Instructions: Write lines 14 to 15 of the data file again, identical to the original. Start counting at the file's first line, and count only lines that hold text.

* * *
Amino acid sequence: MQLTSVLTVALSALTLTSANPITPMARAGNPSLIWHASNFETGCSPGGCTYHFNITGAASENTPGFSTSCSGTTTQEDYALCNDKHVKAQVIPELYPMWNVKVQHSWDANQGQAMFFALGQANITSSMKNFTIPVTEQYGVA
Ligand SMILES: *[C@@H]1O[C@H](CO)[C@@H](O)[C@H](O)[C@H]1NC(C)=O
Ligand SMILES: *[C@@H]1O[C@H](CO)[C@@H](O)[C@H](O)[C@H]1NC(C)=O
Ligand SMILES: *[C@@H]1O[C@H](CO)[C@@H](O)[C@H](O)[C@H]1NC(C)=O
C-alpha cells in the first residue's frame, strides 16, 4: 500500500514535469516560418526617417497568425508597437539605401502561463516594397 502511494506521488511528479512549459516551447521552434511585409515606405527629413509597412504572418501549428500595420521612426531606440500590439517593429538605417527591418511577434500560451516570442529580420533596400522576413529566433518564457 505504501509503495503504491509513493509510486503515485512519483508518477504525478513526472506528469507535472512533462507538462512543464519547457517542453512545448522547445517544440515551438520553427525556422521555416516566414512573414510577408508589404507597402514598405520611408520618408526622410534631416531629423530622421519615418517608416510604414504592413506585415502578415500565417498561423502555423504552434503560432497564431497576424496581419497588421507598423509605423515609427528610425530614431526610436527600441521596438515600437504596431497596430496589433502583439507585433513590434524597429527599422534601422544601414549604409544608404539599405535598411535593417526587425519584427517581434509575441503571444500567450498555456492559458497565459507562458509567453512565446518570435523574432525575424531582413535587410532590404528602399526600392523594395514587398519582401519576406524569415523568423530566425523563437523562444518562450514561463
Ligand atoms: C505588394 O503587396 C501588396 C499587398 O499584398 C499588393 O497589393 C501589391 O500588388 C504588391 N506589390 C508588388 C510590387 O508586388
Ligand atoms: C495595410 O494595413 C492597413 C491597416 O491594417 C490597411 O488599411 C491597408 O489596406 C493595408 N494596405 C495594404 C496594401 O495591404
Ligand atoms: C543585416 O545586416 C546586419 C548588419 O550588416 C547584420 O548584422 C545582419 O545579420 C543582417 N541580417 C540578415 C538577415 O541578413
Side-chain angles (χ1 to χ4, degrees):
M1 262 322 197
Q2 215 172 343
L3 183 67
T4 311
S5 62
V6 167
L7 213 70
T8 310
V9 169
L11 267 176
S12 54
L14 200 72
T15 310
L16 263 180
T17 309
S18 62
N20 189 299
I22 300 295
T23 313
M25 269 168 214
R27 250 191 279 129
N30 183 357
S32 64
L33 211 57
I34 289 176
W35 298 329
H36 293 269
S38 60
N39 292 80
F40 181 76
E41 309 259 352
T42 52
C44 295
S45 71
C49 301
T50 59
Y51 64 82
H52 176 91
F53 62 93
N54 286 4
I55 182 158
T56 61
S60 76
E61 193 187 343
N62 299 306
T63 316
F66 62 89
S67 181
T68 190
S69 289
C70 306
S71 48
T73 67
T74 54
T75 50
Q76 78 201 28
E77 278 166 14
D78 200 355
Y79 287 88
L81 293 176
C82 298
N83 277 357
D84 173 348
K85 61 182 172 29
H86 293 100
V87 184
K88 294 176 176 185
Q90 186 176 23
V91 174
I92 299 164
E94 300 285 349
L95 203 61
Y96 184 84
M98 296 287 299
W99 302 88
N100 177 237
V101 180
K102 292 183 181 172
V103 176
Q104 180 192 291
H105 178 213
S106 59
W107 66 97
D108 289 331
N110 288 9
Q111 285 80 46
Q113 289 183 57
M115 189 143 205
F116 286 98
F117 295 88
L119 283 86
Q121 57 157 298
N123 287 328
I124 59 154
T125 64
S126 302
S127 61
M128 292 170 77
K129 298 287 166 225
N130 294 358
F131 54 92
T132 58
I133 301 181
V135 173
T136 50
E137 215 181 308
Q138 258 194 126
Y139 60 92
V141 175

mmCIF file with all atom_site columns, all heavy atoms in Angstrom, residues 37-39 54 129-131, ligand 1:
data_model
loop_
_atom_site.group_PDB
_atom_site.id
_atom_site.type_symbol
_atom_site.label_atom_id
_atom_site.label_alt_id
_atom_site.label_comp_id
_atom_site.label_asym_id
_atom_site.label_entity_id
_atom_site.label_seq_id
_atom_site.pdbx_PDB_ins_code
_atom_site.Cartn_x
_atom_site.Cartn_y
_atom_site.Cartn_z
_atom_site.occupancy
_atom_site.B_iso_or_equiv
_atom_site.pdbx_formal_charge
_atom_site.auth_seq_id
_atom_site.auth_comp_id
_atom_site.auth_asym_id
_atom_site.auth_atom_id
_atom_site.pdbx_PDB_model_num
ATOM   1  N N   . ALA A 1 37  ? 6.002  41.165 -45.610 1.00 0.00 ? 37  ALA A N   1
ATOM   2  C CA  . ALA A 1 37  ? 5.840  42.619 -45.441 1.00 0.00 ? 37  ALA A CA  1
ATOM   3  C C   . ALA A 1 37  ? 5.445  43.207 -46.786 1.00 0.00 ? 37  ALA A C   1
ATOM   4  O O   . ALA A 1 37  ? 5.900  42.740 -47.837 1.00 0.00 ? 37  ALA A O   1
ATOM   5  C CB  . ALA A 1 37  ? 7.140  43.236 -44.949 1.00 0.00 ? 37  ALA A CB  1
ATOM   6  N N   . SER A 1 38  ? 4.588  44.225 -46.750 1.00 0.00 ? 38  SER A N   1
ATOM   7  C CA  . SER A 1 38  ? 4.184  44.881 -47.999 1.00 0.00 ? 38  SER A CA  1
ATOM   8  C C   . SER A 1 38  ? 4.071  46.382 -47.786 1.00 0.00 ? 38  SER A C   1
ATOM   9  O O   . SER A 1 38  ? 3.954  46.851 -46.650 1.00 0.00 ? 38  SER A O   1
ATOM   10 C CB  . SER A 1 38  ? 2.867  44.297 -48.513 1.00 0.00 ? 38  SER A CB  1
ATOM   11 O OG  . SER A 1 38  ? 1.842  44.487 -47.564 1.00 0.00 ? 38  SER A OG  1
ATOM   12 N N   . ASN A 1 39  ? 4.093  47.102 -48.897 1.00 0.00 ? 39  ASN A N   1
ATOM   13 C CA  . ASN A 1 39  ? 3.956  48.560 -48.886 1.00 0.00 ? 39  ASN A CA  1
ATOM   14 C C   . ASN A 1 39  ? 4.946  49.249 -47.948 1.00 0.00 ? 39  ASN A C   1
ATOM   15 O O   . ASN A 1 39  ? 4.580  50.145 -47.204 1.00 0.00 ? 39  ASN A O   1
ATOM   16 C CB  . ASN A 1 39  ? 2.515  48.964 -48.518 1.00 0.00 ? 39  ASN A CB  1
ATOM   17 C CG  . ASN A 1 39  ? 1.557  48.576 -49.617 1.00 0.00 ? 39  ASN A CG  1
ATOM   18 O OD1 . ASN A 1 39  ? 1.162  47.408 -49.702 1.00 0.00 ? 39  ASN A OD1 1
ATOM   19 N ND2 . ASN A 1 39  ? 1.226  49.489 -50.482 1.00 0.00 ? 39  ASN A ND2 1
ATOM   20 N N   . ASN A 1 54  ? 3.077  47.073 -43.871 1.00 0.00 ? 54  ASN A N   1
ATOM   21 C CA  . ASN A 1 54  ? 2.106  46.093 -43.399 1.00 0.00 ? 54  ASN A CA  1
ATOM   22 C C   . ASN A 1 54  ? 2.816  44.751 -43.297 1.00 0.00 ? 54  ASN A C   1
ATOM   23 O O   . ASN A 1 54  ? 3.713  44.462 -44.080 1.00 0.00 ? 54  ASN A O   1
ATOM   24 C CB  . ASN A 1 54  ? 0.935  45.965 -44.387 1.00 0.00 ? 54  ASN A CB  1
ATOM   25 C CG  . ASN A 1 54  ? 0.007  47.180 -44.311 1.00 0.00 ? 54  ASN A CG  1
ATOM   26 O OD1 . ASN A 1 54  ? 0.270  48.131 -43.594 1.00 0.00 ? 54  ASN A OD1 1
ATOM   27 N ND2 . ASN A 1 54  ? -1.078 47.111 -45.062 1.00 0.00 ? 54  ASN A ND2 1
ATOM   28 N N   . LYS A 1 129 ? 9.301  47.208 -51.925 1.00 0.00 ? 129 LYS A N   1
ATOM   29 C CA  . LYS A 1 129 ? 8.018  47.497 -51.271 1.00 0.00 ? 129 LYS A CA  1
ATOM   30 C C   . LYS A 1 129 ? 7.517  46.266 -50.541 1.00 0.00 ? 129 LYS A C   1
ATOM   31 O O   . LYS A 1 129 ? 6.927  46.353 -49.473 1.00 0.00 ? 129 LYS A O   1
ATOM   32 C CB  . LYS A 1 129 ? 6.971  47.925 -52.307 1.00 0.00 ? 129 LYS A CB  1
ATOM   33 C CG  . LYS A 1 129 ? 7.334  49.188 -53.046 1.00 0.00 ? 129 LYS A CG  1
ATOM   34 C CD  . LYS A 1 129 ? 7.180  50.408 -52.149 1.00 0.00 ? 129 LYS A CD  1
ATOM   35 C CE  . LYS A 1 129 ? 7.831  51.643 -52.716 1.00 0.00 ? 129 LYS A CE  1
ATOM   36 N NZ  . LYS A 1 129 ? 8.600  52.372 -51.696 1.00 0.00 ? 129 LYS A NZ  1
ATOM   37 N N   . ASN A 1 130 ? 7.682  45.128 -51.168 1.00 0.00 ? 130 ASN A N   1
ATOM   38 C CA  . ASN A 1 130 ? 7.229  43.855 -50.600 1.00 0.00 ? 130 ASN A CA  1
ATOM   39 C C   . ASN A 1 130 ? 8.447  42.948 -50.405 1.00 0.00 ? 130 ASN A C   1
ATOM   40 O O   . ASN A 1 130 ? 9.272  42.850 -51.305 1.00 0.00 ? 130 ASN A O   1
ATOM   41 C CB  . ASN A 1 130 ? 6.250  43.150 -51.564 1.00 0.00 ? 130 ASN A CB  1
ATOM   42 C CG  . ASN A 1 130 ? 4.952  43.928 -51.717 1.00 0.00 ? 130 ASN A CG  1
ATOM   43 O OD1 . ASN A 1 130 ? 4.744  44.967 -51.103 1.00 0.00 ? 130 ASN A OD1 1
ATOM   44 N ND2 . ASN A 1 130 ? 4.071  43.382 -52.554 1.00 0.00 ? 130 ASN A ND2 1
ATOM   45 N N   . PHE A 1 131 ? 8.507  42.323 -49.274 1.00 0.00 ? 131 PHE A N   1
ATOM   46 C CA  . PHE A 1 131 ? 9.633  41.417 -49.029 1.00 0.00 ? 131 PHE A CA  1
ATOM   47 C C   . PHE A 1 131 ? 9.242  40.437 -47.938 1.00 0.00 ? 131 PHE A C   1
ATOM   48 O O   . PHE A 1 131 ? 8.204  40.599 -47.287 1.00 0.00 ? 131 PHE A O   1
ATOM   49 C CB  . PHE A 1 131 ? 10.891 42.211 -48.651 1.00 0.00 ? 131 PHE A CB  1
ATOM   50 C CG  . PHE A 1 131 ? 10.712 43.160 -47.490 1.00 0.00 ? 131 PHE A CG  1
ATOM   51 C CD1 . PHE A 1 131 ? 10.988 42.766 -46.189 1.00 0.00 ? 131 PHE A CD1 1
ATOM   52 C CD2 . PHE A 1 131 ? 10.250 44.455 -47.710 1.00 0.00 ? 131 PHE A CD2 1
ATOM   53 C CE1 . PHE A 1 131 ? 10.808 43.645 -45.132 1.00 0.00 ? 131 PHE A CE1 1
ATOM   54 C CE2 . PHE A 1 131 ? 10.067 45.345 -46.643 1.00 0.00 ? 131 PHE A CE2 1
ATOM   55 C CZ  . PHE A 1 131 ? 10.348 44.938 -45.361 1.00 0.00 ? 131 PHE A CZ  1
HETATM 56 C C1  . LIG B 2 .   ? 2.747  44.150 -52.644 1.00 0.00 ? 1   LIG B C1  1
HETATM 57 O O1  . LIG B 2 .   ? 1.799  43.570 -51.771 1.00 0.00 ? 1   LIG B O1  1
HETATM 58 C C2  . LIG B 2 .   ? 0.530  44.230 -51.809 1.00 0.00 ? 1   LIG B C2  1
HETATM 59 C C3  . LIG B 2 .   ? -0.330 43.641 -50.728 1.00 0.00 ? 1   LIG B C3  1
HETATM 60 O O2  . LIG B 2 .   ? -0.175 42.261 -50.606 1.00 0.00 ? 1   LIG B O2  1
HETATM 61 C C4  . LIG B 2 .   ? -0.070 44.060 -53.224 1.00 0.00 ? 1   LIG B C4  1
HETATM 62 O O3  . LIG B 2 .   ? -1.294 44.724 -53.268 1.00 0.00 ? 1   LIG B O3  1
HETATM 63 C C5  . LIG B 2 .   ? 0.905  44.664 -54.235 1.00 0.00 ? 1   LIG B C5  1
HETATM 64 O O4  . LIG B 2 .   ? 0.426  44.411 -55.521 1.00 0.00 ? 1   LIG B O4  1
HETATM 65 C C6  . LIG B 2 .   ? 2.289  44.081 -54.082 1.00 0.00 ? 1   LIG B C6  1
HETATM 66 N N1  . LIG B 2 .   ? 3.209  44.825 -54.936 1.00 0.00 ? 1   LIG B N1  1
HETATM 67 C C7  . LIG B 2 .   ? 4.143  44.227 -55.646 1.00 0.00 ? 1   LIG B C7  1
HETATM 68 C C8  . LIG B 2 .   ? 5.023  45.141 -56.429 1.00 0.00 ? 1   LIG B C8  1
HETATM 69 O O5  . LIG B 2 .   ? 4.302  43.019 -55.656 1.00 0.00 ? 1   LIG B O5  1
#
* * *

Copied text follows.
S5 62
V6 167